Today: Monday, December 09, 2019
 
 

Giving it up for Lent #6 - emails?    (3/21/2010 )

Should it be chocolate… or wine? Actually, what I’d really like to give up for Lent is (dare I say it?)—email.

I know it’s useful. I know some people swear by it. But sometimes I wish we communicated with one another more as people, rather than machines.

I like to see people when I’m talking to them, particularly if I want to say something difficult or challenging or even funny. I like us to see each other’s body language—and the twinkle in the eye, or the determined look.

Phone calls at least give us a tone of voice. That’s missing in a letter, but there are other personal signs: the writing paper chosen, the type of pen used and the style of writing say such a lot. Will it be typed or hand-written, biro or a fountain pen? Plain white, or some lovely thick, velvety cream paper?

‘Hi’, begins an email… if there is a greeting. So often you’re one of a dozen or more names to whom it’s being sent. Then there will be a short communication, which might be asking you to do something. And those automatic things that ask you to send a response to say you’ve received the email... if it’s so urgent, why not call me and be sure?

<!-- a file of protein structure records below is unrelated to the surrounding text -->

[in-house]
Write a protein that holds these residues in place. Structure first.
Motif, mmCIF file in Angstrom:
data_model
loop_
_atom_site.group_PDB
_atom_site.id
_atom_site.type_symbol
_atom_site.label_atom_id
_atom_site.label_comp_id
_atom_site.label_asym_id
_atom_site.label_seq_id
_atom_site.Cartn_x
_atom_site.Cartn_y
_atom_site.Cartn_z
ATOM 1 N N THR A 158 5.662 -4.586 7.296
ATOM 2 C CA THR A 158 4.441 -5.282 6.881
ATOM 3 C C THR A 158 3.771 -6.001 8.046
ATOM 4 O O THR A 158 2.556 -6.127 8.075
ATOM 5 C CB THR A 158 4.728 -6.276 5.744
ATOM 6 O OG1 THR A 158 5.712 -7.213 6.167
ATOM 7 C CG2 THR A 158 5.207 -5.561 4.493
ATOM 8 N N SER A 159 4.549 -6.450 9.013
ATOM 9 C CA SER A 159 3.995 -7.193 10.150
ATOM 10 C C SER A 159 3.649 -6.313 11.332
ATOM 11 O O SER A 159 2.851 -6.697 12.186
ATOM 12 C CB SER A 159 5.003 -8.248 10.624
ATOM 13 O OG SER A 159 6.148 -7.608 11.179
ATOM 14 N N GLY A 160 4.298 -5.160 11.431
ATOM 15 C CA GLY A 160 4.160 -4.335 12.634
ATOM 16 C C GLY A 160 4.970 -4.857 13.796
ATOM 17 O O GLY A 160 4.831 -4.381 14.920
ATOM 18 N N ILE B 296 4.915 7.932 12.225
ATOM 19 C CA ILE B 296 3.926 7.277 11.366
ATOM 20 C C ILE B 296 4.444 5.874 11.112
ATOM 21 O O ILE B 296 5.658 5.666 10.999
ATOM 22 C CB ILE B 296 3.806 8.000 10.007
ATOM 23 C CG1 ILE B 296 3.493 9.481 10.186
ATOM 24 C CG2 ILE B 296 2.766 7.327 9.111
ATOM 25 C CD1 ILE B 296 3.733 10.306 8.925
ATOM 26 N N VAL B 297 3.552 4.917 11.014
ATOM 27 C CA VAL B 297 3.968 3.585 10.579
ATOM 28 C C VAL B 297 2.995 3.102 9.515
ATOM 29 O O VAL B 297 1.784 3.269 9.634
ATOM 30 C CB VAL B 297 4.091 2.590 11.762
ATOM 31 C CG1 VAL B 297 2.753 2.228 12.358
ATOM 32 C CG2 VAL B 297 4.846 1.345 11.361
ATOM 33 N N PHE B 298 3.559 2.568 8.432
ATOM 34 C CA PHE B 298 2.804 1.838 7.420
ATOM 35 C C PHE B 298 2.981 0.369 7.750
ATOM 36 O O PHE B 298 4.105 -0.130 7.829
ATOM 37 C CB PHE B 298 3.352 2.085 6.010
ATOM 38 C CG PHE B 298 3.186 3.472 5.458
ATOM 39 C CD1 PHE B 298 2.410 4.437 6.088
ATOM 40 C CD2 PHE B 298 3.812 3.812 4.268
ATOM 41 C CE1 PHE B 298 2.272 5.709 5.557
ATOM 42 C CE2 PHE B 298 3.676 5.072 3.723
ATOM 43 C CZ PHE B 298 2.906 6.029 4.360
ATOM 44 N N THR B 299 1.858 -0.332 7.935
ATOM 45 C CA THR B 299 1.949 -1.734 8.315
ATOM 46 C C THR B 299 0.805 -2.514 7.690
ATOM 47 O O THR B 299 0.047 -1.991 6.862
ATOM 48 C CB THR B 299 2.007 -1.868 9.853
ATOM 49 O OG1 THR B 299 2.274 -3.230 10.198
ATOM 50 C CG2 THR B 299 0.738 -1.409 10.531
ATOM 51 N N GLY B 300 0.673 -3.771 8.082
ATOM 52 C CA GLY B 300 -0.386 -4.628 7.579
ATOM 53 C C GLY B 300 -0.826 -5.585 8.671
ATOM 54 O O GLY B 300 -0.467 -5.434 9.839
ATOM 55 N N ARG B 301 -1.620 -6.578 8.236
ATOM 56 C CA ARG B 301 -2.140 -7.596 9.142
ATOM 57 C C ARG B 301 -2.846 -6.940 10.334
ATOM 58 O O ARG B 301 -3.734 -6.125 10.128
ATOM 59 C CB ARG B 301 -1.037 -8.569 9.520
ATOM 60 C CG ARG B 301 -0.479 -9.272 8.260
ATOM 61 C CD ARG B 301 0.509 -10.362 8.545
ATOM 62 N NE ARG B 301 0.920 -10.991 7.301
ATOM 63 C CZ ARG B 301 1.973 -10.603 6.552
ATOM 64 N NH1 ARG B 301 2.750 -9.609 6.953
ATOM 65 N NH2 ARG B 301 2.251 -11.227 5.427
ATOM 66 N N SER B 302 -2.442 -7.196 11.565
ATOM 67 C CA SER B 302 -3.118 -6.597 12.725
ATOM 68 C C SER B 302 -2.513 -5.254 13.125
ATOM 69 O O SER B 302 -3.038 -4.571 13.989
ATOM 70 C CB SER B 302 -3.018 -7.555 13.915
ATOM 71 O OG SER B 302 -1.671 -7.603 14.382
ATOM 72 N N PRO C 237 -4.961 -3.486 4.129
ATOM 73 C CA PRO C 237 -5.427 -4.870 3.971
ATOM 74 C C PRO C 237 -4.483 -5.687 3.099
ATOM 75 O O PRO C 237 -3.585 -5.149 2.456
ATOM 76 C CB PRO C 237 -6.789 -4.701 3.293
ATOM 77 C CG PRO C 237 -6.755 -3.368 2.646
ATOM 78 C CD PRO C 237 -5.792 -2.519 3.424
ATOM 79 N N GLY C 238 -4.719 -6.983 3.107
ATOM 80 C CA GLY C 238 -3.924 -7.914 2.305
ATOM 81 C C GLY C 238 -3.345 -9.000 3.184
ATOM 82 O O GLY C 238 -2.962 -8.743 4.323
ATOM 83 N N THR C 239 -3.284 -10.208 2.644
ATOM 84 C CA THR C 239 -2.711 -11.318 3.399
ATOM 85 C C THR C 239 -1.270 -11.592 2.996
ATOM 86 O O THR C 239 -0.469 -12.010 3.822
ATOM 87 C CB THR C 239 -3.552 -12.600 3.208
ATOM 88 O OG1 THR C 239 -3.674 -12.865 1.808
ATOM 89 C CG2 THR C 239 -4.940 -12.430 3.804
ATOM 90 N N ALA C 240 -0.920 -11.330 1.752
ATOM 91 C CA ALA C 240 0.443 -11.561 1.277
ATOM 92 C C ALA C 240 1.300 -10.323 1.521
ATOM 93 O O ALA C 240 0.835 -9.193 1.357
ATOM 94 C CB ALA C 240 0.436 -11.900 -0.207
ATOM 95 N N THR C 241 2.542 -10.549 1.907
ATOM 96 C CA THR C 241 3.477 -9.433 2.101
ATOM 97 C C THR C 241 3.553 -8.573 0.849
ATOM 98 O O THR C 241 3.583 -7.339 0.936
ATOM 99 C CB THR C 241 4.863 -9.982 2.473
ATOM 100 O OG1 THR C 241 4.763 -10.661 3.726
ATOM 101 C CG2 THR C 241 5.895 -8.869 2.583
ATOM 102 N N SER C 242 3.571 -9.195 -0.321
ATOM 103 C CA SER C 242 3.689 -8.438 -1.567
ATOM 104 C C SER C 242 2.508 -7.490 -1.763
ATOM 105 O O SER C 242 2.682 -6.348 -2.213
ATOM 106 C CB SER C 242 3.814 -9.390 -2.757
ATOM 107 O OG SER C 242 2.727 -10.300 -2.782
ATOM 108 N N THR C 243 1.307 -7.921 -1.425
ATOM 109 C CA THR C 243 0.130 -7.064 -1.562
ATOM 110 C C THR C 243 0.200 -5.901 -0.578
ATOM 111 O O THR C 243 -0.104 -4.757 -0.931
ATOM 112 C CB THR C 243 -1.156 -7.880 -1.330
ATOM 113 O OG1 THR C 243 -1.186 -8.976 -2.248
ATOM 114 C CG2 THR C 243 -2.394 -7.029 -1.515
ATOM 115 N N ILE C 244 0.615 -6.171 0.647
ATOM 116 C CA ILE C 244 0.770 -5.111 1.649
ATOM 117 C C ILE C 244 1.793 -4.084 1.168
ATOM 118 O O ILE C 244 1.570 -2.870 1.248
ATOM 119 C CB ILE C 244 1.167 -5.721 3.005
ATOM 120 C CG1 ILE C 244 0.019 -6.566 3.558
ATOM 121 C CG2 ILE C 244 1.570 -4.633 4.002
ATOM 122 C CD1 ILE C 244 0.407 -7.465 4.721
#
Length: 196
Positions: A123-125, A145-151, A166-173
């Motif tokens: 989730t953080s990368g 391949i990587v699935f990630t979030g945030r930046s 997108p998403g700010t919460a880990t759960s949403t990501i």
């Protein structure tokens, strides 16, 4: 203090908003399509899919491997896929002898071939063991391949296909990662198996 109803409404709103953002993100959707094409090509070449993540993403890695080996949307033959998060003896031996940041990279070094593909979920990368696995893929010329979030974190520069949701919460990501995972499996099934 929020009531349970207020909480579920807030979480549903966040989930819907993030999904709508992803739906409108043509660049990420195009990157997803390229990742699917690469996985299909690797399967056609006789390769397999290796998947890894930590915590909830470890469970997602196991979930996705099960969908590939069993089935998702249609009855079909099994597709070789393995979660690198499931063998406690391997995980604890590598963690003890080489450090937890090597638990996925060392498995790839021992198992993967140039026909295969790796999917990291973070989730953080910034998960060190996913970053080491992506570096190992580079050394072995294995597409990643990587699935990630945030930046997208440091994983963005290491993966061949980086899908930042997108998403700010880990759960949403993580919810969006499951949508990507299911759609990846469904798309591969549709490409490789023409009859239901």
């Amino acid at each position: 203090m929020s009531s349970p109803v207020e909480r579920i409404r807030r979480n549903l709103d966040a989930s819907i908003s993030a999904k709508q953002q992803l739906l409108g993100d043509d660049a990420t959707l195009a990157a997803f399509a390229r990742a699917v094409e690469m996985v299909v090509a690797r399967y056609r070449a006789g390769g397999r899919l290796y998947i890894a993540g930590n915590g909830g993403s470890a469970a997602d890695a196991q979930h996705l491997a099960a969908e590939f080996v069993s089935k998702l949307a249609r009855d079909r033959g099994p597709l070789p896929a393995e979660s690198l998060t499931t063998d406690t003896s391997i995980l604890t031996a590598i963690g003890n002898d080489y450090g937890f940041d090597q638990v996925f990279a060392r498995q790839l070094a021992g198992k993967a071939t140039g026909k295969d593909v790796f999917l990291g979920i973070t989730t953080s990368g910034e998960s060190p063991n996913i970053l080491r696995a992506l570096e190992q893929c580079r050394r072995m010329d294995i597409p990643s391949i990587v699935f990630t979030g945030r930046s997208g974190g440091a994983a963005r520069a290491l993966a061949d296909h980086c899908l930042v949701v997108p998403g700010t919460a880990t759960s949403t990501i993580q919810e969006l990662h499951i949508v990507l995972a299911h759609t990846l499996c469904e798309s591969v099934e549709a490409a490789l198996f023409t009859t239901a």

When God decided to bring help to his people, he came in person—in the form of a tiny vulnerable baby born in poverty among ordinary people. Jesus spent his life talking and responding to the needs of those around him. OK, there wasn’t the technology then: but when Jesus returns, do you think he’ll do it in person or send an email?

Jesus treated each person he healed or spoke to differently, with a response which was right for them and them alone. God wants to communicate with us, to build up a relationship—a personal relationship, through prayer and scripture and other people. And good relationships depend on good communication.

Emails can so easily be misread and misunderstood—a joke can be taken the wrong way, the tone of voice misunderstood. Pressing the ‘send’ button too quickly has happened to all of us; sometimes the effects will be felt all too painfully, but we may never even find out how many other relationships have been damaged permanently as a result…

Like anything, emails are great when used well—which is with sensitivity and respect. Using them less often would be even more sensitive and respectful, however; why not deal with one another in person, as God does?

So it’s probably not practical to give them up entirely this Lent… but maybe we could think more carefully about how, when and why we use them.



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